The election polling business is in shambles.
Not just because of cell phones - although that's part of it - but because of caller ID and an unwillingness of people to answer unknown callers.
There are programs to reach cell numbers but even if someone answers, the pollster can't pin it to a riding. The number of seats matter, not general voting percentages.
(The latest theory is that Justin will win the popular vote but end up with fewer seats than Harper).
The famous Gallup company has just announced in the U.S. it isn't planning any polls for the presidential primaries. And Gallup won't commit to tracking the general election next year. They can't guarantee the credibility of their polls in the electronic age.
It's all more complicated than just that - and I'll spare both of us the details - but the outcome of this election will be more of a guessing game than ever before.
You'd have to be a real idiot to think you can make an informed prediction.
Here's my prediction: Liberals win by 15 seats.
Never underestimate the power of the Big Mo in the fourth quarter.
Of course, I could be wrong. That's why my sports bookie sends me a Christmas card in thanks every year.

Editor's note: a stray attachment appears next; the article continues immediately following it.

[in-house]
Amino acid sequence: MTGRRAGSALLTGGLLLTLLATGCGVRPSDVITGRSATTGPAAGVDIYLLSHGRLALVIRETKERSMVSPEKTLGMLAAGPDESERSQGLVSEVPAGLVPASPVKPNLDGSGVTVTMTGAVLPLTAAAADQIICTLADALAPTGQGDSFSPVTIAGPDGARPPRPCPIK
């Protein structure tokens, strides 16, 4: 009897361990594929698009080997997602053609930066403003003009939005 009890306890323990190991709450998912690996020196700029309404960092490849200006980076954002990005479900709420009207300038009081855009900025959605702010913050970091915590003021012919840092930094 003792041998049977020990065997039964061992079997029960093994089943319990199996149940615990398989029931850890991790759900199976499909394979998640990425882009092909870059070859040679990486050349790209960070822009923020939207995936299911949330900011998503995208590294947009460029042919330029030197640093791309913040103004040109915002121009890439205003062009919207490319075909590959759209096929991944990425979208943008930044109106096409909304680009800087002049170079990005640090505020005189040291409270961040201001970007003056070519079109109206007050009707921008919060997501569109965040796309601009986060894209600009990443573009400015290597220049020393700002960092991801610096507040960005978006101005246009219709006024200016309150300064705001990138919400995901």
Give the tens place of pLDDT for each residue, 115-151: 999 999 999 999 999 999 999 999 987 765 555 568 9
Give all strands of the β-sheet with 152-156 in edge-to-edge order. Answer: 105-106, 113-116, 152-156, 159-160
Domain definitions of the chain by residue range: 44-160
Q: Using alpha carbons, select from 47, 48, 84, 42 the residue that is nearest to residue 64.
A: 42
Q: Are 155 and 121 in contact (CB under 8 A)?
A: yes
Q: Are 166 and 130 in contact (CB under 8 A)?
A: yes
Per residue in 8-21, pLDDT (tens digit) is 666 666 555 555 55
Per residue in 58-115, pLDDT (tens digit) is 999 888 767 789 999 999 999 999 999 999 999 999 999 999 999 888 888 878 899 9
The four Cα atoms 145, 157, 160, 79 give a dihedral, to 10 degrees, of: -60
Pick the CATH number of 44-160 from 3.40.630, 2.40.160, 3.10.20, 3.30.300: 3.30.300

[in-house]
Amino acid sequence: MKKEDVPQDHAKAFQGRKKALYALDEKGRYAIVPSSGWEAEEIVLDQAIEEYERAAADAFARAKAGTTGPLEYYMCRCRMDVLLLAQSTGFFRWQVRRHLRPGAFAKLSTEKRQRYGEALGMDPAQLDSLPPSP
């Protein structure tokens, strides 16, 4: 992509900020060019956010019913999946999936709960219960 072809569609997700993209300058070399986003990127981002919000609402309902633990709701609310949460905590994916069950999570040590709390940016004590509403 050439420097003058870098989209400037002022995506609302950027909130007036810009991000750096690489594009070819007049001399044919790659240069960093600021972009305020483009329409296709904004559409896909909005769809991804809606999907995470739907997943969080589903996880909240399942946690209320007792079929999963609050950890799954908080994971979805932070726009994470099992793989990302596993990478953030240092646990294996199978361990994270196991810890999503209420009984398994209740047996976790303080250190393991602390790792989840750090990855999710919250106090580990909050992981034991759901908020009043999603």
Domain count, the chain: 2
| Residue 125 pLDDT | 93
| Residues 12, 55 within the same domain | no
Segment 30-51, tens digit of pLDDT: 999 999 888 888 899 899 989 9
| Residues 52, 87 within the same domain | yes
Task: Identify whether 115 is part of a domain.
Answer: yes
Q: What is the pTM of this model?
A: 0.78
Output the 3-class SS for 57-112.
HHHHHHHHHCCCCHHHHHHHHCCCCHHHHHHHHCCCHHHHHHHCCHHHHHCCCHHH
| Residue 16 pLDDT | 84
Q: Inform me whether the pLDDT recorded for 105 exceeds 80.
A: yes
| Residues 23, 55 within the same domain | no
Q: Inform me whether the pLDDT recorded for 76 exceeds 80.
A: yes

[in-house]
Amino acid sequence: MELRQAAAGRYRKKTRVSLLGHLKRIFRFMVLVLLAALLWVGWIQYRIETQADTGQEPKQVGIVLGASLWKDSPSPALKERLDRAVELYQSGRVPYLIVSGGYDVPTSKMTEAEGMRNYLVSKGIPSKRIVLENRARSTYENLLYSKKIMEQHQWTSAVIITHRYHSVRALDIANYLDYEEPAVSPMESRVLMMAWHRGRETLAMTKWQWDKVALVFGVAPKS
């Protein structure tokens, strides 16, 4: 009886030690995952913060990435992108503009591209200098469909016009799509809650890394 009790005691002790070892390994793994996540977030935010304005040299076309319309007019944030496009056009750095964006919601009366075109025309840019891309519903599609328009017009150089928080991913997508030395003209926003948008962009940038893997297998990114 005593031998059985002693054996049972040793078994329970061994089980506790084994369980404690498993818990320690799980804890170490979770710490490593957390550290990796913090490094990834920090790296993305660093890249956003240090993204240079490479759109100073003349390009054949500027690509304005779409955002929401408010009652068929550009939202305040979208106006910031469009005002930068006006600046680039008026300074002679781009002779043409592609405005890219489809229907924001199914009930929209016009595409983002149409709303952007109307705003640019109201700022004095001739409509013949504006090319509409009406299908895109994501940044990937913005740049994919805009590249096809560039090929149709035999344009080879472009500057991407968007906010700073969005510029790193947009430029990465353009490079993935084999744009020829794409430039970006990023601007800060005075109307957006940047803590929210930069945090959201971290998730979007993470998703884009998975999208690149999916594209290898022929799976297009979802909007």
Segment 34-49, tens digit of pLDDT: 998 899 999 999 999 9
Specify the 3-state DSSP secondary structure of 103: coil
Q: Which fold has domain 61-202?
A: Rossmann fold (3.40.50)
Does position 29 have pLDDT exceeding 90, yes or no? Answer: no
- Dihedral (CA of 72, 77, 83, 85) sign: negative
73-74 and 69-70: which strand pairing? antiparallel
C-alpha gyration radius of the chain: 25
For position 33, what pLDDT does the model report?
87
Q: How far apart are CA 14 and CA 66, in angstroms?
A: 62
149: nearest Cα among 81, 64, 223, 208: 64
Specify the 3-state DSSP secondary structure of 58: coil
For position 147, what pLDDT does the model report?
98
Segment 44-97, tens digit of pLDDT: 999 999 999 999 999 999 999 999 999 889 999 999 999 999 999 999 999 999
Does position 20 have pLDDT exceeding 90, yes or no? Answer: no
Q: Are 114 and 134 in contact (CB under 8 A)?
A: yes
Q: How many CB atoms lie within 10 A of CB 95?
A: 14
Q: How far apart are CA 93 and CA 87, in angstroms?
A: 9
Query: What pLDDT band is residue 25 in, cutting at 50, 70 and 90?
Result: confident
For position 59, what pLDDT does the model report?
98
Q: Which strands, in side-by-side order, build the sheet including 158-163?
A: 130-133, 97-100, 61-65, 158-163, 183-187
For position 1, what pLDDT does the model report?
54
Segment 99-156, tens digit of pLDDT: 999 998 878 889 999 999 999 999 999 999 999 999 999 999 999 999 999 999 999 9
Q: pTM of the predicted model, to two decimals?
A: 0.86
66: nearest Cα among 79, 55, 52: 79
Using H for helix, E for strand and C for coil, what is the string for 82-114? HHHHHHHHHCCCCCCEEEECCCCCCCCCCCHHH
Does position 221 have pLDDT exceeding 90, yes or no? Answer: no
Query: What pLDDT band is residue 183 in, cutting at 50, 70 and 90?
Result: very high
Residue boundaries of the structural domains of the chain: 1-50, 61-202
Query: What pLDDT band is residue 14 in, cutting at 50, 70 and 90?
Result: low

None of our leaders are funny.
Certainly not like Obama, if you saw his standup at the last media dinner. Hillary Clinton on SNL was mildly amusing.
We don't know if Harper can be funny because he never tries. Mulcair had his comical moments in the Question Period, but he gave up fun for the election campaign. No Tommy Douglas, is Mulcair.
The glib Justin has potential but tries too hard at a joke, and that kills it. A little more deadpan, Justin.
Is it too much to expect some entertainment value from these people?
My story idea on this didn't work out but I'll report it because of an interesting tidbit at the end of this item.
I asked three Canadian comedians to rate the candidates on their comedic talents.
I know Ron James got my message, but he didn't reply. I was not amused.
Local comedian David Kopp did reply but said the doesn't pay any attention to politics.
The message from Martin Short's agent was that Short wanted $10,000 to give me a phone call.
If I had asked Infonews managing editor Marshall Jones for the money, that would have been a laugh.
Here's a funny story about a niqab - and don't we need one - from a Muslim woman:
"I remember a true story my mom told me years ago about one of her neighbours in Egypt. A man was so protective of his young daughter that he was extremely restrictive and would not allow her to go out, even to study with other girls in their family homes.
"One day she introduced him to her new friend, a nice quiet girl who wore the niqab and convinced her father to let the friend come to their home to study.
"The father said OK and their friendship continued for a while. Then the father heard suspicious sounds coming from a room in the house and he was surprised to discover that the friend was actually a man in disguise!
"It turned out the two were in a sexual relationship. Of course it was a huge scandal and he forced the man to marry his daughter, but I don't know how the story ended after that."
— Chuck Poulsen can be reached at firstname.lastname@example.org.